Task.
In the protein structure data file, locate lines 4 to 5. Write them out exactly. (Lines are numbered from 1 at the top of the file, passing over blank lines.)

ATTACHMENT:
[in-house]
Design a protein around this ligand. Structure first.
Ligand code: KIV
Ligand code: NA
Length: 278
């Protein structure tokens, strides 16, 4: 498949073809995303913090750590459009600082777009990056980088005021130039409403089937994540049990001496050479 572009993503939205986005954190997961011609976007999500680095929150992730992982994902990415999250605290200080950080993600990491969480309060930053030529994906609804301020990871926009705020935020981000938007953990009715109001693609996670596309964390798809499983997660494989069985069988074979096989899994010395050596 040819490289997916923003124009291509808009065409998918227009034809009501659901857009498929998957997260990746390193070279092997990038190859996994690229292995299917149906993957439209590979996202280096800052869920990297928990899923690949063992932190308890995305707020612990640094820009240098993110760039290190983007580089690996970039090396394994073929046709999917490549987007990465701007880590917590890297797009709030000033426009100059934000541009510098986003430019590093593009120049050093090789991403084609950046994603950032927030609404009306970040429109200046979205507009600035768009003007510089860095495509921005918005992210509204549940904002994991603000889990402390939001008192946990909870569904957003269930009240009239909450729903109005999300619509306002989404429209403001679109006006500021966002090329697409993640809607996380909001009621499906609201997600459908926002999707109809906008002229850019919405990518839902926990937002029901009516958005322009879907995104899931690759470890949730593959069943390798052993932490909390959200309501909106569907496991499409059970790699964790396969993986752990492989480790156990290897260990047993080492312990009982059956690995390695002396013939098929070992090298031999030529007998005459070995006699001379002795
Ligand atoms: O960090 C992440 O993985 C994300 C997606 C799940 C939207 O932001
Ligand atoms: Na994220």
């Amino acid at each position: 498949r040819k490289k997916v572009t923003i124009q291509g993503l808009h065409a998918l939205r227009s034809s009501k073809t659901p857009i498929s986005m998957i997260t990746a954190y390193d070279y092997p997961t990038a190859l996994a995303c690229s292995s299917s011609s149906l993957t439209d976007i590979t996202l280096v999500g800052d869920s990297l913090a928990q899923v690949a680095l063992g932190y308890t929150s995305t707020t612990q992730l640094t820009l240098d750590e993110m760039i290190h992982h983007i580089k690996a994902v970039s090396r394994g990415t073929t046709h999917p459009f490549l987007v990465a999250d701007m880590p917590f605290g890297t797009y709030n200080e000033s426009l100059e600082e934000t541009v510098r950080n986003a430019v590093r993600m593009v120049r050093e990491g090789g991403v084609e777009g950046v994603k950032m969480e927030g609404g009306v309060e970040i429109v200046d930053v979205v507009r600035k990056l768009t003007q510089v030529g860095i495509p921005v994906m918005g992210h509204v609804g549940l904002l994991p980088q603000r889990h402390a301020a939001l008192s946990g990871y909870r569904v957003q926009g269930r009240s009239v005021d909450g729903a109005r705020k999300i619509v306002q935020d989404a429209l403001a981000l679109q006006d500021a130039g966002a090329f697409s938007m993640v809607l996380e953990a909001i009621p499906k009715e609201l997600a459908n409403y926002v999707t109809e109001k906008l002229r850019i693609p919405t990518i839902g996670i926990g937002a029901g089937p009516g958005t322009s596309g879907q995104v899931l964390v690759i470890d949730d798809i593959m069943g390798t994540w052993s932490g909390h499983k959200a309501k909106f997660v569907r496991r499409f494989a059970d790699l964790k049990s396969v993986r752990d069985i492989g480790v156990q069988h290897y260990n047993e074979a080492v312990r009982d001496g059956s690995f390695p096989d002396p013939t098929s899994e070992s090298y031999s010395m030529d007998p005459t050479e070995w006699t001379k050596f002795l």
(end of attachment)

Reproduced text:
Ligand code: NA
Length: 278